Pub News

A rolling round-up of news from Oxford and surroundings

Crooked House, near Dudley

The fire that destroyed this “national treasure” of a pub in the West Midlands, swiftly followed by its demolition, has awakened memories of two Oxford pubs that burned down in what were then considered by some to be suspicious circumstances.

In July 2006 the King of Prussia, the only pub in Rose Hill, burned down in the early hours. The pub was closed and planning permission had already been obtained to build a store on the site, which is now a Co-op, and since then Rose Hill has no pub. In 2009 the derelict Fox and Hounds, on Abingdon Road, also burned down, with the Oxford Mail reporting at the time that a man was arrested on suspicion of arson but later released without charge. It was later demolished and a Tesco Express store now stands there.

An Oxford CAMRA visit to the Crooked House in 2014 — the camera was held straight!

The Crooked House was visited several times by Oxford CAMRA minibus trips to the Black Country, and featured on the cover of Issue 83 of the Oxford Drinker. What happened to it has caused a national outcry with petitions demanding that owners of the site should be made to rebuild it, after it emerged that firefighters had been blocked from attending by mounds of earth, and that demolition equipment had reportedly been seen nearby since before the fire. The former Banks’s pub, recently sold by Marston’s to a developer, was remarkable because of its crooked appearance, caused by subsidence.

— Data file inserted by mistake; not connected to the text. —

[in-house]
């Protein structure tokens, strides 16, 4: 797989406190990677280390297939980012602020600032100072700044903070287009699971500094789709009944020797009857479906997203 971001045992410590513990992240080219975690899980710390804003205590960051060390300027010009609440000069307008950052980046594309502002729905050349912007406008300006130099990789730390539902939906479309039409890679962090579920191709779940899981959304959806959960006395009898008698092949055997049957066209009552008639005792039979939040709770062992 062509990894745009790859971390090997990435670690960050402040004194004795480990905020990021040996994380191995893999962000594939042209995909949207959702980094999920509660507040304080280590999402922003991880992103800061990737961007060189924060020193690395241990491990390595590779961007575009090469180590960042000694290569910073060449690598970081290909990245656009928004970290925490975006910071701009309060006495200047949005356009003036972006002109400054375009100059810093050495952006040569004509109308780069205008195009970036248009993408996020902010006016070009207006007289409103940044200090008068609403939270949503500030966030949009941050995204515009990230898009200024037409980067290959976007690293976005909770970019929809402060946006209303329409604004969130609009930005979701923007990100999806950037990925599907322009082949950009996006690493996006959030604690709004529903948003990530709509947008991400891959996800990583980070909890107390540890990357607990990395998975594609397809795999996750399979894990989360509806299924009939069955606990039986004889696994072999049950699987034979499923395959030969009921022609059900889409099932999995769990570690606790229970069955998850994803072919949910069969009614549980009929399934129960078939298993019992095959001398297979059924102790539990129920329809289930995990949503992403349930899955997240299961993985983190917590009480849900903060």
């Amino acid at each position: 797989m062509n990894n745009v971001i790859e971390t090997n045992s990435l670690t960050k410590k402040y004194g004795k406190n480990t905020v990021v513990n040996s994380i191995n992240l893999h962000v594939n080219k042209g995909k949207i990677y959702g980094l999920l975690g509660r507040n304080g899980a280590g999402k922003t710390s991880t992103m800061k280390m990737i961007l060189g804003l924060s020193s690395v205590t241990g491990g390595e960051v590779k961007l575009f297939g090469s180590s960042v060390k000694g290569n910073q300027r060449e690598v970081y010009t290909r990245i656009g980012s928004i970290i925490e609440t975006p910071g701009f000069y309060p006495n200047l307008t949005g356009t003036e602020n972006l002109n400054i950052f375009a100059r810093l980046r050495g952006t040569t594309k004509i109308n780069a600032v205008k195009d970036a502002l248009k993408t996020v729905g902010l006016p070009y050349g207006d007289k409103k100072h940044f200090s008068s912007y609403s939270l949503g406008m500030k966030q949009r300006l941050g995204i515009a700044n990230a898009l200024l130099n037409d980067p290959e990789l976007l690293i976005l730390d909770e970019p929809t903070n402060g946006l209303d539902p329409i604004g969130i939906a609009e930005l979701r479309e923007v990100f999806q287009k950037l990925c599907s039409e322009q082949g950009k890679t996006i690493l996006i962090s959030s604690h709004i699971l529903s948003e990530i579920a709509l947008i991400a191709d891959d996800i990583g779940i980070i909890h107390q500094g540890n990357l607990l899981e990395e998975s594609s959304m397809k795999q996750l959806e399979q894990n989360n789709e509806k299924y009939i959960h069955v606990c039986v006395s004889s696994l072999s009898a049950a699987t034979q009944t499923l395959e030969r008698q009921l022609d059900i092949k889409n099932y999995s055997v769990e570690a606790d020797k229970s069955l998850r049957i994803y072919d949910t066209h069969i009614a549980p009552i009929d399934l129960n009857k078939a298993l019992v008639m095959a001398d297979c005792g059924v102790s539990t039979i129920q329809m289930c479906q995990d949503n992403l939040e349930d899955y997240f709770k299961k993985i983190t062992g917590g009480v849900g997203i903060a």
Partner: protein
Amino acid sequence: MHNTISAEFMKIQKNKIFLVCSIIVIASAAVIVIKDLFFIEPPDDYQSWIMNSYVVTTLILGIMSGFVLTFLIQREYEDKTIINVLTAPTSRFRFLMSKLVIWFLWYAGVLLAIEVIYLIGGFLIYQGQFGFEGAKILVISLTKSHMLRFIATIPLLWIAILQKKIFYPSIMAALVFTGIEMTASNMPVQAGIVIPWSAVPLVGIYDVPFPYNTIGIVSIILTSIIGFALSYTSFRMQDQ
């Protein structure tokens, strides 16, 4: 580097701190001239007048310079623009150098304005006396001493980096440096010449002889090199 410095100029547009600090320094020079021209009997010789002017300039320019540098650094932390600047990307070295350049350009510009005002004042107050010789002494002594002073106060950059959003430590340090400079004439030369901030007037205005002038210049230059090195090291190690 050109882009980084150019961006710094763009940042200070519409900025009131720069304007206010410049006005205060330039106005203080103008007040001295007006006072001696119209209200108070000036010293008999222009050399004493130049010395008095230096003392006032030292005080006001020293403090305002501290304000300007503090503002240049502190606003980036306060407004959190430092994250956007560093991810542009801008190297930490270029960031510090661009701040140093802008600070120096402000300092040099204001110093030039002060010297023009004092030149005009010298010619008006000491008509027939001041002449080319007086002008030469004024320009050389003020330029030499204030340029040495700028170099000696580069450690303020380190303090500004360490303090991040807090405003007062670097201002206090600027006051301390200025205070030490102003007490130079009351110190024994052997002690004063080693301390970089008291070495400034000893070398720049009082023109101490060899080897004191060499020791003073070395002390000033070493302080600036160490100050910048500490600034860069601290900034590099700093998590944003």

CAMRA Chairman Nik Antona said: “The case of the Crooked House is a national tragedy, and we have now learnt that the full demolition of the building was not required following the safety inspection. The police and council must both act swiftly to investigate the fire and subsequent demolition of the building.  

“Despite the Government granting full planning protection to pubs in 2017 – meaning that change of use or demolition requires planning permission – we continue to see developers flouting the rules with pubs routinely converted or demolished without that permission in place.” 

Eagle and Child, Oxford

Closed since March 2020 when the first Covid lockdown took effect, this historic pub famous for its association with writers J.R.R. Tolkien and C.S. Lewis is subject to a planning application to build a ground floor rear extension. This is seen as a positive step towards re-opening, after owner St John’s College gave up on plans to create a boutique hotel above it – a move which would have required massive investment by an incoming pub company.

Red Lion, Yarnton

This pub is currently the subject of an Asset of Community Value order giving villagers six months in which to put together a community buy-out bid, which comes to an end in October. An active campaign has been launched to save the pub, and full details are on the Save the Red Lion Yarnton Facebook page organised by Leanne Charlett, whose parents ran the pub when she was a child. They hope to raise the asking price of over £500,000 plus a sum for renovations, with the help of a 50% government grant. In late August the campaign was the subject of news coverage by ITV Meridian’s Thames Valley edition, with the Plunkett Foundation (a charity that has so far supported 171 pubs in community ownership) also appearing.

Leanne Charlett being interviewed outside the Red Lion, Yarnton by ITV Meridian

Chequers, Headington Quarry

The private owner of this historic stone-built pub has applied to turn it into a residential building. In recent years the former public bar has been operating as a pub while the lounge bar has operated as an Indian restaurant, latterly as Monsoon and before that as Aziz.